After each repetition, I rate how well I memorized it so that I have a future reference on what to focus on.

Spaced repetition template with schedule.

Let's have a look at the example.

Recently I started a Deep Learning course that has a set of questions for each lesson. I made a template with the correct answers hidden in a toggle and set it in the repetition table to review it the next day, 3 days, a week, and a month.

That's how my learning process looks like.

Active recall and spaced repetition Notion template

When the date is due, I open the questionnaire and try to recall the correct answer. If I struggle, I relearn the information and come back to it later.

Then I evaluate how well I know the information and adjust the schedule accordingly.

You can duplicate the template [here](https://www.notion.so/Active-Recall-47a7edc111a443229afec323a050e905).

## How active recall helps to retain knowledge

[Active recall](https://en.wikipedia.org/wiki/Active_recall) is a principle of efficient learning. By practicing it, we stregthen nerve cell axons with myeline and move information from short-term to long-term memory.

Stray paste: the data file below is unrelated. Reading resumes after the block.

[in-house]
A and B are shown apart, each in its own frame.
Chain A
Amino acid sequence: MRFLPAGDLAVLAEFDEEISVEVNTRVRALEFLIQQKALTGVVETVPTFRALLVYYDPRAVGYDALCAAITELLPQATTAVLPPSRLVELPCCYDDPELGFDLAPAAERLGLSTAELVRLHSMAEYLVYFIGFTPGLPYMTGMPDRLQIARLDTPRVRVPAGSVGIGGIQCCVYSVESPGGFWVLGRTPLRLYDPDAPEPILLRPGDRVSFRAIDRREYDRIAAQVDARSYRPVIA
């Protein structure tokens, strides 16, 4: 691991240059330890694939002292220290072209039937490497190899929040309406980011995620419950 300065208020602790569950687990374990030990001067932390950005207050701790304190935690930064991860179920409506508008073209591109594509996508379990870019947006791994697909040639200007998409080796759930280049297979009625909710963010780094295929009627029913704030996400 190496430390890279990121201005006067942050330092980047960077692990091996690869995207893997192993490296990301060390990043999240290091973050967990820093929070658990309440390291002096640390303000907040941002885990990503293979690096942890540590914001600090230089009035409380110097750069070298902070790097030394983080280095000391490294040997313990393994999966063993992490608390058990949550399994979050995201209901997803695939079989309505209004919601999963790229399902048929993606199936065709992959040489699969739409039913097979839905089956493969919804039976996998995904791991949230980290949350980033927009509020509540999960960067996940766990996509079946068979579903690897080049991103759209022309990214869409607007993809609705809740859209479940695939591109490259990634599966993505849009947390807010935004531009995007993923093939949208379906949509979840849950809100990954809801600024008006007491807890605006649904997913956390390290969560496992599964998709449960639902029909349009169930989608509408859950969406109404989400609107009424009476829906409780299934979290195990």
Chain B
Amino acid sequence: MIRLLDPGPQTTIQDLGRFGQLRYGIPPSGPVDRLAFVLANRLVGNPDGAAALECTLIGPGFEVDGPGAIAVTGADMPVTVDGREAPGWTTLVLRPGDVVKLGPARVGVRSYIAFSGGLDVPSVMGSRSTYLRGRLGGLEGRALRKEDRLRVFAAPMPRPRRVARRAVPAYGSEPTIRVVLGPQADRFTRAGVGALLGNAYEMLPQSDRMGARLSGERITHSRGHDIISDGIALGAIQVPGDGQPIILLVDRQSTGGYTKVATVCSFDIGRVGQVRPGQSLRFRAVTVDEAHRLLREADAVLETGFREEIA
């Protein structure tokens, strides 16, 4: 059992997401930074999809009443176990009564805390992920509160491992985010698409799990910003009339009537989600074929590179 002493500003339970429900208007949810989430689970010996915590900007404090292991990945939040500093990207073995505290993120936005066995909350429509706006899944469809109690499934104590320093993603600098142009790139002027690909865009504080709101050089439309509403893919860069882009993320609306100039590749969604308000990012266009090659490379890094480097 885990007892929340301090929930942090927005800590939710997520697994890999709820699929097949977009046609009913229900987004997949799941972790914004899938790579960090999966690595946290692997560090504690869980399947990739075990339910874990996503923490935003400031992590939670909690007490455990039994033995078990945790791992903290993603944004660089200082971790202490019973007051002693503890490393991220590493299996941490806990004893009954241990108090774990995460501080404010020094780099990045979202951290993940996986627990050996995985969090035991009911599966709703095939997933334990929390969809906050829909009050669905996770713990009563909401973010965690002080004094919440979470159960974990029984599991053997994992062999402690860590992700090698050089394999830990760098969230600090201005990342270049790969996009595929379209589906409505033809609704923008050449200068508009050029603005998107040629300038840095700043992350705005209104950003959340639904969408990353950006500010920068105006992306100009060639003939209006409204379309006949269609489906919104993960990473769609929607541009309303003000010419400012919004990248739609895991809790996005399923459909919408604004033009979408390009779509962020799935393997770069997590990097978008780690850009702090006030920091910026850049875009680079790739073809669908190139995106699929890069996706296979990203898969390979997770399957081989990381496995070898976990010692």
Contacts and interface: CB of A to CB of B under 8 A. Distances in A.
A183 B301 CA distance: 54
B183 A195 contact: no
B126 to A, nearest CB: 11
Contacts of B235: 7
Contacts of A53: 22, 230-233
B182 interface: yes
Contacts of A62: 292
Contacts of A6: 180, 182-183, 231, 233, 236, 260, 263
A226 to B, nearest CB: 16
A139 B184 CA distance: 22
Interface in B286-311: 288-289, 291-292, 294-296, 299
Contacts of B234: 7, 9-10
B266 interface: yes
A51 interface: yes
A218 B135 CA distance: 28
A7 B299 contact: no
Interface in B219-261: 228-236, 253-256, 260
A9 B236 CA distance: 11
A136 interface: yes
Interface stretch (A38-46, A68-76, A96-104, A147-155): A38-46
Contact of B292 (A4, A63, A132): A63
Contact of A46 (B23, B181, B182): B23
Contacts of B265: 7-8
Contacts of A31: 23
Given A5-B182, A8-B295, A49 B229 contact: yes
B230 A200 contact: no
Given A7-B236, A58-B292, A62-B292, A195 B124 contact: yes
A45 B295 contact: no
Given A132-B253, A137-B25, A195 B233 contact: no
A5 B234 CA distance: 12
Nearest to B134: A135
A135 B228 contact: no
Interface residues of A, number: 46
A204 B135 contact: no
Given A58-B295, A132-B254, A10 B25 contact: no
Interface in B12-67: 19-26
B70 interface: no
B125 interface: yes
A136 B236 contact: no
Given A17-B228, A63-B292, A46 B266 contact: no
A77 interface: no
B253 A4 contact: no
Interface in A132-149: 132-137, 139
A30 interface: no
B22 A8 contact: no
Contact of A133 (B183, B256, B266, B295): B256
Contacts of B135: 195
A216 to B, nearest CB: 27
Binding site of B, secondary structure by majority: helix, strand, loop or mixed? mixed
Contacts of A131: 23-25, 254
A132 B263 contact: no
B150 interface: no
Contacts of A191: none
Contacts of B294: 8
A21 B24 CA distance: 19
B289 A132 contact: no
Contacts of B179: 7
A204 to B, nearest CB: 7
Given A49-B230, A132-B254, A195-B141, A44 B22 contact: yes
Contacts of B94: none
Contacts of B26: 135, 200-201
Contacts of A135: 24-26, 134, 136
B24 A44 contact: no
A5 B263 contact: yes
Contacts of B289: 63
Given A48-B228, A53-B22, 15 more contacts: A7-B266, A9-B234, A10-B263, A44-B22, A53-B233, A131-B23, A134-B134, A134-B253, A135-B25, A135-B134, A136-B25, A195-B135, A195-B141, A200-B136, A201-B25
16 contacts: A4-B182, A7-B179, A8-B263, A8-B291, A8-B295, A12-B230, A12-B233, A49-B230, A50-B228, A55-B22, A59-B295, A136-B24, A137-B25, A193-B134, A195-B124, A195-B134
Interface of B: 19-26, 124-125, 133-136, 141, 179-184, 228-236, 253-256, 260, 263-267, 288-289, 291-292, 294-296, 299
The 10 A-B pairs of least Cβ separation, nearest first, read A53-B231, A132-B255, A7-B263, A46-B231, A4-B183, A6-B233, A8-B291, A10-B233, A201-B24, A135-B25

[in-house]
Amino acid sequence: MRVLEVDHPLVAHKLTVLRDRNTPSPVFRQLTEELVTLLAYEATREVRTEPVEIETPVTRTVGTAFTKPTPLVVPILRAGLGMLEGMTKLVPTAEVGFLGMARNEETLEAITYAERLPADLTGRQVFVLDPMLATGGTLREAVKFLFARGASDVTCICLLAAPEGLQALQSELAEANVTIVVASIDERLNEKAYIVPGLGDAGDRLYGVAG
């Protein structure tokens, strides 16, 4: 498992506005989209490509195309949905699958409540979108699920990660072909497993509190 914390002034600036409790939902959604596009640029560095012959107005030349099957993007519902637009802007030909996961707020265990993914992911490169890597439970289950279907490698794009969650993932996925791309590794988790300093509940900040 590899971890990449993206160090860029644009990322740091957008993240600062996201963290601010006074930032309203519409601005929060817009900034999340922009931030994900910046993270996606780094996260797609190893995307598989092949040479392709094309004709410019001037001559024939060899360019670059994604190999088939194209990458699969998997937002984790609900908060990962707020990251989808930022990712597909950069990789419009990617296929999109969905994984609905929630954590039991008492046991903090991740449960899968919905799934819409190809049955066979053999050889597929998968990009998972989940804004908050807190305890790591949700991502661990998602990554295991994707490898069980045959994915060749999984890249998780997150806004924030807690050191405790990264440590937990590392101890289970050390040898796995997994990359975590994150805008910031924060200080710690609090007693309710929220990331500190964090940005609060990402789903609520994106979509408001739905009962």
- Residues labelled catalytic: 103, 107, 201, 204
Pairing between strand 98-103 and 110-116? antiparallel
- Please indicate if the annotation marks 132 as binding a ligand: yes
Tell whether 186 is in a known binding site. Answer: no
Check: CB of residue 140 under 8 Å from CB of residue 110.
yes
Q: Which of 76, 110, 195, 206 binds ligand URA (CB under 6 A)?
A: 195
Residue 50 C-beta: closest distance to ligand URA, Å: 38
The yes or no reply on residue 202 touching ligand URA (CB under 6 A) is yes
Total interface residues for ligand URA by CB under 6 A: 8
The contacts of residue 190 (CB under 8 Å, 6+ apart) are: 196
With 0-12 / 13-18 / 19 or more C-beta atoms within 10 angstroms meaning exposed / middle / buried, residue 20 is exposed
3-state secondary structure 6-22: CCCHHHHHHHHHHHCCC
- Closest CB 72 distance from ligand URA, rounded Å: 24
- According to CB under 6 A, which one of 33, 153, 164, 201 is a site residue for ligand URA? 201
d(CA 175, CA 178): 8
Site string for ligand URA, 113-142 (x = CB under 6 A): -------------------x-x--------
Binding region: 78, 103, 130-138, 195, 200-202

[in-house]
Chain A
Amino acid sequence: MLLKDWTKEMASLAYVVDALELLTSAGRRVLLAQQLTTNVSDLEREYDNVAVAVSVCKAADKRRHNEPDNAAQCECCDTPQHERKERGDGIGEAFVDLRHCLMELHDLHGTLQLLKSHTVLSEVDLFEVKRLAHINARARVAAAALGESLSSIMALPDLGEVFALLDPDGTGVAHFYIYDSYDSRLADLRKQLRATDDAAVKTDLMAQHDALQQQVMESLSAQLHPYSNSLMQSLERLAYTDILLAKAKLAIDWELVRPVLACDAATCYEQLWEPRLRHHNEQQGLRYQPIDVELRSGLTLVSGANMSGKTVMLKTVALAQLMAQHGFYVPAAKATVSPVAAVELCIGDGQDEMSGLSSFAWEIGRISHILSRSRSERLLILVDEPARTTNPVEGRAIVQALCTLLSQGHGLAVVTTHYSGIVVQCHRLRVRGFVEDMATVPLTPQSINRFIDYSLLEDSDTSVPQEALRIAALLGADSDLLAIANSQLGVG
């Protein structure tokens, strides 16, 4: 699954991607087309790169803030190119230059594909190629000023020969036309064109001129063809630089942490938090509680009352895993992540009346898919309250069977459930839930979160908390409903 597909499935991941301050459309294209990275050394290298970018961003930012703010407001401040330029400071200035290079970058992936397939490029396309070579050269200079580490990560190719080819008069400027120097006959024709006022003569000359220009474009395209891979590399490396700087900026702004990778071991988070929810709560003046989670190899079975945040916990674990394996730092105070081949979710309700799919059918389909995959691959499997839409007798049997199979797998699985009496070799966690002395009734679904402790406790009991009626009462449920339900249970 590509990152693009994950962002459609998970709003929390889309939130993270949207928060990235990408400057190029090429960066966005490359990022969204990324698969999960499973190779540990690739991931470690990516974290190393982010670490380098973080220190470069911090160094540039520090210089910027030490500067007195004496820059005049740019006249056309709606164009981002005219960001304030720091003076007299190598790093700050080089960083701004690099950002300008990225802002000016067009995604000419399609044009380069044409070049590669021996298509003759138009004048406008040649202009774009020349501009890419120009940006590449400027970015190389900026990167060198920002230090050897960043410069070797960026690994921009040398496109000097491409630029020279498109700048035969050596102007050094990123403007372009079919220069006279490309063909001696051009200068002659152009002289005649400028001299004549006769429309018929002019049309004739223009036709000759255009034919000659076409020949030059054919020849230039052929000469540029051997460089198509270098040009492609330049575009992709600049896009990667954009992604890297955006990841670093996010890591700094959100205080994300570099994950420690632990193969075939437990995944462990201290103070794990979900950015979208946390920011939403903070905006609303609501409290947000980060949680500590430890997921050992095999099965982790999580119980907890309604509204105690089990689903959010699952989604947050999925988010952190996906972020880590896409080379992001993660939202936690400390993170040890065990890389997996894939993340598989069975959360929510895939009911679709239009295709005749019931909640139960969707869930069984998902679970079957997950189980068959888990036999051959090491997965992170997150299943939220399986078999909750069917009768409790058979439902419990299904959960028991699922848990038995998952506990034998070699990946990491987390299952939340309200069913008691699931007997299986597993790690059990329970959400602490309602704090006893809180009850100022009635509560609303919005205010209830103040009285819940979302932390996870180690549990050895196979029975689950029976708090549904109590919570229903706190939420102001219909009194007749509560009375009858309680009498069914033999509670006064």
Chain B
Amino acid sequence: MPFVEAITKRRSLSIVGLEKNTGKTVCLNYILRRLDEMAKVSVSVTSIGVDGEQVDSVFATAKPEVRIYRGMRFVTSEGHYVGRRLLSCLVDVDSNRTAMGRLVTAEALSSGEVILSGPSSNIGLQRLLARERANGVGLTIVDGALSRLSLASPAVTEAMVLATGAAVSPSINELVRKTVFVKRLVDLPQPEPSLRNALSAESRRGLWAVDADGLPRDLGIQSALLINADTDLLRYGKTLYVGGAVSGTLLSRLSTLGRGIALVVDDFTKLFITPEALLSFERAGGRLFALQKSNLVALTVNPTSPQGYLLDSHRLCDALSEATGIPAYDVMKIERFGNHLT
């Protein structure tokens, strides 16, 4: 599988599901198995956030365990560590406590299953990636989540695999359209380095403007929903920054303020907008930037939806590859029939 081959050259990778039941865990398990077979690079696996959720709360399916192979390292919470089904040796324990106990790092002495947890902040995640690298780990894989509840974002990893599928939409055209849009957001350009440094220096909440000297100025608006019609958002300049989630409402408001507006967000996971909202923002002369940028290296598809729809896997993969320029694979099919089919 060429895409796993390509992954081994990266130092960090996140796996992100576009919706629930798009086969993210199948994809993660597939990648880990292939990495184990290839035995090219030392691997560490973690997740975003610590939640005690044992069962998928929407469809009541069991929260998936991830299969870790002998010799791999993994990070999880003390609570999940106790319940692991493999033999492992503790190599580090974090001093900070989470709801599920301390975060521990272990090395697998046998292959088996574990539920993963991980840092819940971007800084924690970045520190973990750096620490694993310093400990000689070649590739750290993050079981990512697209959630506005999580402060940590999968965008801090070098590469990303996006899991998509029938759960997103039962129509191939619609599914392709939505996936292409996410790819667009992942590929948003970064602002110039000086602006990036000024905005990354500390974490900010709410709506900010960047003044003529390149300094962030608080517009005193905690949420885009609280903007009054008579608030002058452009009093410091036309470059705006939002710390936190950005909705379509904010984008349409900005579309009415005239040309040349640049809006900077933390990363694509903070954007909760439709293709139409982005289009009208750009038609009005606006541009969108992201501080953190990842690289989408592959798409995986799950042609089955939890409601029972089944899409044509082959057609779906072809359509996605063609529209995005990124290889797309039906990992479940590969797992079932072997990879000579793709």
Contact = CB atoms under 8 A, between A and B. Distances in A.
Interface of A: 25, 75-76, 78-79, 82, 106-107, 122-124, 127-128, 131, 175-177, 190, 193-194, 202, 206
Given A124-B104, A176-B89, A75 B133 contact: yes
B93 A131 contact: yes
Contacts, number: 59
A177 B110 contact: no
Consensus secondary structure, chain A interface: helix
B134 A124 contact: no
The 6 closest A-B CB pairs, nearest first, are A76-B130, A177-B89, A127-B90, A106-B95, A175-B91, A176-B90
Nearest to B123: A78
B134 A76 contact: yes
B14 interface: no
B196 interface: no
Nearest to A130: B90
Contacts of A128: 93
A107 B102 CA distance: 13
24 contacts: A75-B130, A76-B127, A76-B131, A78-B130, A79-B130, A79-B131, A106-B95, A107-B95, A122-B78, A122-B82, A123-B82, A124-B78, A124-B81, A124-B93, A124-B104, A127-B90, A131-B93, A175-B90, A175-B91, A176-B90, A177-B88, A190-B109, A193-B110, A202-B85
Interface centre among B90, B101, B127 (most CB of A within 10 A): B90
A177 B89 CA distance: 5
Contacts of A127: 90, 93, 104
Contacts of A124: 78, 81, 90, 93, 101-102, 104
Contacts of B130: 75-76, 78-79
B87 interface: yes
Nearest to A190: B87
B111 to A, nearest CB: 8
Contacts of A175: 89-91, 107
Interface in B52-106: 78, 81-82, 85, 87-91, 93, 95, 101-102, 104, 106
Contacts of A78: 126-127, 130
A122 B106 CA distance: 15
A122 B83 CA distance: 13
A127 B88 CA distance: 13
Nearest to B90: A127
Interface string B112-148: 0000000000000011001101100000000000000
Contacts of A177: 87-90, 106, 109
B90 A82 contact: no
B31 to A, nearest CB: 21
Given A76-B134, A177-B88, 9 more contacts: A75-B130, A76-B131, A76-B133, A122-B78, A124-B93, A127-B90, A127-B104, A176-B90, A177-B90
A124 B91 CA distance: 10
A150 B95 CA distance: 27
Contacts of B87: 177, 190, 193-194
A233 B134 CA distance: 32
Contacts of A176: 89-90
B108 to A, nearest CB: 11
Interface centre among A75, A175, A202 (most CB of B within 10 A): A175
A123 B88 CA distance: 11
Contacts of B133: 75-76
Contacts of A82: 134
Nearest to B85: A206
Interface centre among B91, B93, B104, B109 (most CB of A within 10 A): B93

Reading a book or listening to a lecture is passive learning with a low % of information retention and taking notes or teaching others is active learning with a higher retention rate. Active involvement of the brain results in reinforcement of the synapses which leads to more efficient memorization.

If you want to remember something, active recall is one of the most efficient techniques. I wish I knew about it when I studied at the university and prepared for exams.

You do not need to reread the information or repeat it, you should try to recall it several times to establish a firm neural connection that represents the knowledge.

To retain that knowledge for longer periods, you can use **spaced repetitions**.

Learning pyramid with retention rates of different study methods
Learning pyramid show retention rate of different study methods.

## Spaced repetition schedule

Every individual is different and the schedule should be too. The only rule is that the intervals should be increasing. They can be 1 day, 2 days, 4 days, and 8 days or with much larger intervals.

Spaced repetition schedule can be the following:

- First repetition: 1 day

- Second repetition 3 days

- Third Repetition: 7 days

- Fourth Repetition: 21 days